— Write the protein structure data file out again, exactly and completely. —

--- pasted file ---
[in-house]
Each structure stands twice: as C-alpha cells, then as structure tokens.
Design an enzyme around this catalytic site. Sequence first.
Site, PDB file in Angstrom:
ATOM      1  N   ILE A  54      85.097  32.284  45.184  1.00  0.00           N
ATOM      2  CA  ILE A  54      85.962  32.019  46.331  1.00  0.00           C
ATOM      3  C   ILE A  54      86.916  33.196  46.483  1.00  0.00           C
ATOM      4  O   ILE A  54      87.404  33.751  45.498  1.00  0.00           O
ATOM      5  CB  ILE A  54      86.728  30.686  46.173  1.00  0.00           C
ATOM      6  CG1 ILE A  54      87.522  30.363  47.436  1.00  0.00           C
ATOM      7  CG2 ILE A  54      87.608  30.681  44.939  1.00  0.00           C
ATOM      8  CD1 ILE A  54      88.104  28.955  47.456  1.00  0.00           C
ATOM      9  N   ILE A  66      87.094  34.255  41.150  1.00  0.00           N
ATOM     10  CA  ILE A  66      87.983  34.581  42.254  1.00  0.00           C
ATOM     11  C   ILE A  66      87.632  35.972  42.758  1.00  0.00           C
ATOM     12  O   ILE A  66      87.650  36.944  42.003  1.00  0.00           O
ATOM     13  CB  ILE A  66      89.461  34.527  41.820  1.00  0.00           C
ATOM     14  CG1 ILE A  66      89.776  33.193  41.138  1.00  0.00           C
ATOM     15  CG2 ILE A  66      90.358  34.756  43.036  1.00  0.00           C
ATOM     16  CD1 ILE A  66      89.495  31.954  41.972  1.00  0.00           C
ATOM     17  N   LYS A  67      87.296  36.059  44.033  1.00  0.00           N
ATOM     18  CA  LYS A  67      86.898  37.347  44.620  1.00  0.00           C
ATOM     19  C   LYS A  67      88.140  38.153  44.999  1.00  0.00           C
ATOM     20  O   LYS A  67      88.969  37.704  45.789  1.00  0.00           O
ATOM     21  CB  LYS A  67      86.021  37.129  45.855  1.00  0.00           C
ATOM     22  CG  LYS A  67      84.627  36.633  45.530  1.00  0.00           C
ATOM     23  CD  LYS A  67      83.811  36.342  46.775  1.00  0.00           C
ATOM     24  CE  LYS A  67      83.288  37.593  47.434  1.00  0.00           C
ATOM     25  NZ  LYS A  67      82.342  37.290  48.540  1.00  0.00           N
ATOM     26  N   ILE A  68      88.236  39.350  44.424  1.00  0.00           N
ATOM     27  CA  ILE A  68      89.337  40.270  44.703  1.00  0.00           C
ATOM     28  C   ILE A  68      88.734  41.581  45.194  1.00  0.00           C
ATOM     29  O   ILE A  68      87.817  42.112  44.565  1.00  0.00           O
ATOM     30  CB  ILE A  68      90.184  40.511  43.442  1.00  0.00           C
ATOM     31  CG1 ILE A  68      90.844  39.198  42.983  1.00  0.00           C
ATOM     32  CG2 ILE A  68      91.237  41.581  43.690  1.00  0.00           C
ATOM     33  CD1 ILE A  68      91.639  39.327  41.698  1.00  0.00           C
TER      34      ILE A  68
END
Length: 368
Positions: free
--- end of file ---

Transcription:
[in-house]
Each structure stands twice: as C-alpha cells, then as structure tokens.
Design an enzyme around this catalytic site. Sequence first.
Site, PDB file in Angstrom:
ATOM      1  N   ILE A  54      85.097  32.284  45.184  1.00  0.00           N
ATOM      2  CA  ILE A  54      85.962  32.019  46.331  1.00  0.00           C
ATOM      3  C   ILE A  54      86.916  33.196  46.483  1.00  0.00           C
ATOM      4  O   ILE A  54      87.404  33.751  45.498  1.00  0.00           O
ATOM      5  CB  ILE A  54      86.728  30.686  46.173  1.00  0.00           C
ATOM      6  CG1 ILE A  54      87.522  30.363  47.436  1.00  0.00           C
ATOM      7  CG2 ILE A  54      87.608  30.681  44.939  1.00  0.00           C
ATOM      8  CD1 ILE A  54      88.104  28.955  47.456  1.00  0.00           C
ATOM      9  N   ILE A  66      87.094  34.255  41.150  1.00  0.00           N
ATOM     10  CA  ILE A  66      87.983  34.581  42.254  1.00  0.00           C
ATOM     11  C   ILE A  66      87.632  35.972  42.758  1.00  0.00           C
ATOM     12  O   ILE A  66      87.650  36.944  42.003  1.00  0.00           O
ATOM     13  CB  ILE A  66      89.461  34.527  41.820  1.00  0.00           C
ATOM     14  CG1 ILE A  66      89.776  33.193  41.138  1.00  0.00           C
ATOM     15  CG2 ILE A  66      90.358  34.756  43.036  1.00  0.00           C
ATOM     16  CD1 ILE A  66      89.495  31.954  41.972  1.00  0.00           C
ATOM     17  N   LYS A  67      87.296  36.059  44.033  1.00  0.00           N
ATOM     18  CA  LYS A  67      86.898  37.347  44.620  1.00  0.00           C
ATOM     19  C   LYS A  67      88.140  38.153  44.999  1.00  0.00           C
ATOM     20  O   LYS A  67      88.969  37.704  45.789  1.00  0.00           O
ATOM     21  CB  LYS A  67      86.021  37.129  45.855  1.00  0.00           C
ATOM     22  CG  LYS A  67      84.627  36.633  45.530  1.00  0.00           C
ATOM     23  CD  LYS A  67      83.811  36.342  46.775  1.00  0.00           C
ATOM     24  CE  LYS A  67      83.288  37.593  47.434  1.00  0.00           C
ATOM     25  NZ  LYS A  67      82.342  37.290  48.540  1.00  0.00           N
ATOM     26  N   ILE A  68      88.236  39.350  44.424  1.00  0.00           N
ATOM     27  CA  ILE A  68      89.337  40.270  44.703  1.00  0.00           C
ATOM     28  C   ILE A  68      88.734  41.581  45.194  1.00  0.00           C
ATOM     29  O   ILE A  68      87.817  42.112  44.565  1.00  0.00           O
ATOM     30  CB  ILE A  68      90.184  40.511  43.442  1.00  0.00           C
ATOM     31  CG1 ILE A  68      90.844  39.198  42.983  1.00  0.00           C
ATOM     32  CG2 ILE A  68      91.237  41.581  43.690  1.00  0.00           C
ATOM     33  CD1 ILE A  68      91.639  39.327  41.698  1.00  0.00           C
TER      34      ILE A  68
END
Length: 368
Positions: free